By Jason Klein
(Today is the 10 Year Anniversary of Aaron Boone’s miraculous ALCS Game 7 HR. The 11th inning walk-off blast sent the Yankees to the World Series, and preserved the Bambino’s Curse for at least one more season. The Following Post Can Be Read, In Its Original Form, As I wrote on 10/17/03)
Babe, Bucky, Buckner…Boone.
At 16 minutes past midnight on Friday morning, Aaron Boone added his name to the list. Aaron “Bleepin’” Boone. Tied at 5 in the bottom of the 11th inning of game 7 of the ALCS, Boone sent Tim Wakefield’s first pitch through the Bronx sky, and safely into the hands of George Herman Ruth sitting out in the left field stands.
“Like Derek [Jeter] told me, the ghosts will show up eventually,” Boone said.
With an early 4-0 deficit, and Roger Clemens out of the game, the 56,297 in attendance were wondering just when the Great Bambino planed on showing up. He probably just got caught up in traffic following the water main break on the Deagon. He showed up 8 innings late to the party, but the Babe arrived in time to see the Yanks capture their 39th American League pennant in dramatic fashion, coming from 3 down in the 8th inning, to win the game 6-5 in 11 innings. Boone’s walk off, series ending blast punctuated the evening.
“I knew it was out, I finally put a good swing on it,” he said.
It’s a swing that will long be remembered, perhaps one of the most dramatic of all time. One swing of the bat from Boone ended the most compelling, evenly matched series in Major League Baseball history, sending Yankee Stadium into a frenzy and the Red Sox home for the winter.
“This was our chance to get the World Series,” Boston’s Johnny Damon said. “And we were so close.”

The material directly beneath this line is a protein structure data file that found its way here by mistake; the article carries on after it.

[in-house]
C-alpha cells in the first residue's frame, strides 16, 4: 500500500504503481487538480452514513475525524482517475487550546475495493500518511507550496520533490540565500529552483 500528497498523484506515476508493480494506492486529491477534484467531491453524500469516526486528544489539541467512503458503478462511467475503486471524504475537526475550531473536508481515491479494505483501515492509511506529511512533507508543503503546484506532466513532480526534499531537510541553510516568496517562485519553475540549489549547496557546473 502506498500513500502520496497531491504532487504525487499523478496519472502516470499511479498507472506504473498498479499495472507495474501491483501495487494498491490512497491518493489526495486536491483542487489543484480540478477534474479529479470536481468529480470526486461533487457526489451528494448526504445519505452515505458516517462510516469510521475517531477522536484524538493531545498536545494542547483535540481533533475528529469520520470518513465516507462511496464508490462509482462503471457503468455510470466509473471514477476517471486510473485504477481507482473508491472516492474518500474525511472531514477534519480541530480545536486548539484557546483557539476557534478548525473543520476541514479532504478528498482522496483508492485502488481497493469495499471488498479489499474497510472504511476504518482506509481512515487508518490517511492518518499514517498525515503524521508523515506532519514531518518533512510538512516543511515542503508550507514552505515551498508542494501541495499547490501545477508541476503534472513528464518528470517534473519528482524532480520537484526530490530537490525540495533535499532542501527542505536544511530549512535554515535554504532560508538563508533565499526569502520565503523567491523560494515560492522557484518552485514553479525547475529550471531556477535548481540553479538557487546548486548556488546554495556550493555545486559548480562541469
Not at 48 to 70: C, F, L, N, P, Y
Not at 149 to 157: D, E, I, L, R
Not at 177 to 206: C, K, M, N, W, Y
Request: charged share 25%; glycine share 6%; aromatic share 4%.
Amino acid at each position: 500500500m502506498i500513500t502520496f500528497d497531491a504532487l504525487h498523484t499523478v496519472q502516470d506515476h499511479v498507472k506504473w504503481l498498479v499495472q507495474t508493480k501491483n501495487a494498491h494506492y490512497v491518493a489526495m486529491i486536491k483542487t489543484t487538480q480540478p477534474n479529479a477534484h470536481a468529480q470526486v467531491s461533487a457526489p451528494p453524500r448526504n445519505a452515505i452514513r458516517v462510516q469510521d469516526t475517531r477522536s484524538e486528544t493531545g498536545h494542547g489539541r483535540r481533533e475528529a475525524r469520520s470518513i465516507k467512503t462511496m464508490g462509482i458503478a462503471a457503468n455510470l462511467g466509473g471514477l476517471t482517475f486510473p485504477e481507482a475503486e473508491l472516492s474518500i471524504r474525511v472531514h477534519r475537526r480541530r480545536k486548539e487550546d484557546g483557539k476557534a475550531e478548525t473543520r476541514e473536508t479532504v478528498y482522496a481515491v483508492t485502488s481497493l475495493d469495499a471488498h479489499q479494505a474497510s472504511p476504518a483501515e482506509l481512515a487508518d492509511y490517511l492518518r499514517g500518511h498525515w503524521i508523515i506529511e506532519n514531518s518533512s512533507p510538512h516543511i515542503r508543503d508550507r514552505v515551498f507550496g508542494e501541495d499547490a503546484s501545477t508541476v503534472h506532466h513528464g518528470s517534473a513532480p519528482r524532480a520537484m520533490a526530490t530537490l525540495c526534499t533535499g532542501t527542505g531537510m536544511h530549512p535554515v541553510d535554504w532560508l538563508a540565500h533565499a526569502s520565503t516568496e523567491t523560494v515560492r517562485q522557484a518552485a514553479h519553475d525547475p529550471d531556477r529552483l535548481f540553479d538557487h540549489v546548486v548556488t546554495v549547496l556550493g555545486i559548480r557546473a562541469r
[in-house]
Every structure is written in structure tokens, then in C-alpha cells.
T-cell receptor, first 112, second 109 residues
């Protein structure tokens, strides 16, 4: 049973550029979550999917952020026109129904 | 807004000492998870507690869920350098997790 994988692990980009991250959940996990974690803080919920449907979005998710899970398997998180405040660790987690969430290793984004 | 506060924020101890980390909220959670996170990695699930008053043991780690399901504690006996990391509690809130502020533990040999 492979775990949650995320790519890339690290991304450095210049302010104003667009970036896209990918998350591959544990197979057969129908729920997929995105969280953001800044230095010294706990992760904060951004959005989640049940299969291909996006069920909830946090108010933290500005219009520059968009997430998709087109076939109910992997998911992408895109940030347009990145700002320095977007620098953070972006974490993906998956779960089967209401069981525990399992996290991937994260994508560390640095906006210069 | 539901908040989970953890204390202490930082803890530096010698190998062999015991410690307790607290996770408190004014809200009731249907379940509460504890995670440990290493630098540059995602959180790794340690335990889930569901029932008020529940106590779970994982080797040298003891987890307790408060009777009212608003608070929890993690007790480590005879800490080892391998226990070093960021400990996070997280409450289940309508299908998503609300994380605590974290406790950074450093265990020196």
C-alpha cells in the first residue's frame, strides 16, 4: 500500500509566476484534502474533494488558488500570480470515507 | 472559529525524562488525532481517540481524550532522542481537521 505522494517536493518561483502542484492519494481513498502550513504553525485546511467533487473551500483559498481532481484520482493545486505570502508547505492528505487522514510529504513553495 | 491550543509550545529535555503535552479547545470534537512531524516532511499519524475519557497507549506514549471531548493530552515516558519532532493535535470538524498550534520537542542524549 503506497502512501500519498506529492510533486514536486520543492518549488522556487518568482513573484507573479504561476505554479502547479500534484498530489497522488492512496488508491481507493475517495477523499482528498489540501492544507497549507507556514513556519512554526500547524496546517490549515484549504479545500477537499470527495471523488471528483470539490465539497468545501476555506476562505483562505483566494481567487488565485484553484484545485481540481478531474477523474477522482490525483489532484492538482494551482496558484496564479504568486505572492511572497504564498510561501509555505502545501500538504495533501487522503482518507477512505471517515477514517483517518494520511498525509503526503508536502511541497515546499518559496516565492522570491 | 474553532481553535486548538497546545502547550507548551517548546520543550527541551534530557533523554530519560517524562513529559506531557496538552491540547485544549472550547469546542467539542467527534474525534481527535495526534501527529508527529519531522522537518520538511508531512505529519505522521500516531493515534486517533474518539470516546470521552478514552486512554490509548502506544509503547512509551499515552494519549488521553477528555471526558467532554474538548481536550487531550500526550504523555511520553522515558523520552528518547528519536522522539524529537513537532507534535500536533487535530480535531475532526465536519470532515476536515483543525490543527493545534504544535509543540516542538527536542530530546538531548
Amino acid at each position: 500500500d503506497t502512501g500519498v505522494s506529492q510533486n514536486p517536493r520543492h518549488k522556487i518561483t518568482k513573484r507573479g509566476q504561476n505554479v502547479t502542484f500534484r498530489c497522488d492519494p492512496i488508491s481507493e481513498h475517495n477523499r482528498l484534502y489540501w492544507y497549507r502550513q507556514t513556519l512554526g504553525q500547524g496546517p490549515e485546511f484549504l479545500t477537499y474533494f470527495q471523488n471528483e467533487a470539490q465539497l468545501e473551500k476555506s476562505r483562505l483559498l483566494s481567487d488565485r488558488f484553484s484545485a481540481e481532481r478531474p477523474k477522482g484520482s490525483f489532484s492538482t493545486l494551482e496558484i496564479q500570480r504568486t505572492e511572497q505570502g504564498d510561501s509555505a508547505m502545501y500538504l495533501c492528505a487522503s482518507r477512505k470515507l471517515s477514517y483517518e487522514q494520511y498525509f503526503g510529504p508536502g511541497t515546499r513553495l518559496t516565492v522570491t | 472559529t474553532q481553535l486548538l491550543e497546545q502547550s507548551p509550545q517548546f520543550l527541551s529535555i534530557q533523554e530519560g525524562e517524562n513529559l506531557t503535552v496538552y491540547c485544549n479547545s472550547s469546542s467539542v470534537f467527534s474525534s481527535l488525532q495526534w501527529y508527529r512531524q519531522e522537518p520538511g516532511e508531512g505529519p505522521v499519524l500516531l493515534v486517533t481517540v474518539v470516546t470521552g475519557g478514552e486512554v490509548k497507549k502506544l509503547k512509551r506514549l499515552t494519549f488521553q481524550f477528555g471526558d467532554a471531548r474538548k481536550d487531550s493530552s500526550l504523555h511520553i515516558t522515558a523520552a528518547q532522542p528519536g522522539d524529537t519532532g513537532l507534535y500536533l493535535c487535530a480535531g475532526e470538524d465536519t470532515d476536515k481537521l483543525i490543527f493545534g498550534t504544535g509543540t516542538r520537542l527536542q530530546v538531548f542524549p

“This is the best, said Yankees manager Joe Torre. “To come here and play against the Red Sox, and play them 26 times and beat our rival like we did, it couldn’t be more satisfying. This has to be the sweetest taste of all for me.
However, early on things were rather sour in the Bronx. The Sox got to Clemens early, tagging the Rocket for 6 hits and 4 runs through only 3 innings. Clemens’ ineffectiveness, coupled with Pedro Martinez’s brilliance was a sure sign of a pinstriped apocalypse. Many wondered if this would be the night the curse was broken.
Jason Giambi, batting out of the 7 hole, delivered 2 solo shots and Mike Mussina’s 3 scoreless innings of relief kept the Bombers in the game, but it wasn’t until that fateful 8th inning when the Empire finally struck back.
The Captain, Derek Jeter got it all started with a double to right, and Bernie Williams knocked him in with a single to make it 5-3. After a Hideki Matsui double, Red Sox Manager Grady Little went out to meet with Martinez. After some convincing, Pedro stayed in the game and gave up a game tying double to Jorge Posada. Red Sox 5, Yankees 5.
That’s the way it would stay until the 11th, thanks to a flawless 3 innings of relief from the incomparable Mariano Rivera. It was the first time Rivera had thrown 3 innings in a game since 1996.
“Words can’t describe him, he is a cartoon character,” Jason Giambi said of Rivera.
After Boone hit, what former Mayor Rudolph Guliani deemed “the best home run since Chris Chambliss in ’76,” the Yankees were World Series bound for the first time since 2001. They will be fishing for Marlin starting Saturday night in the Bronx.
That challenge can wait until then. For now, New York revels in its latest dance with destiny. They came from behind to beat Pedro, Wakefield, and an entire Red Sox nation that holds little regard for the aura and mystique found season after season in the Bronx.
“I believe in ghosts,” Derek Jeter said when asked if there was something to the Curse. “And we have a lot of ghosts in this Stadium.”
Those Cowboys from New England may not agree with Jeter, but they surely have heard of the killer “B’s” that continue to haunt them every year.
Babe, Bucky, Buckner…and now Boone.
“Go back to Boston boys. Goodbye,” said George Steinbrenner following game 7. “They didn’t treat us very well in Boston, but you know, we get the last laugh.”
Bye Bye, Boston.
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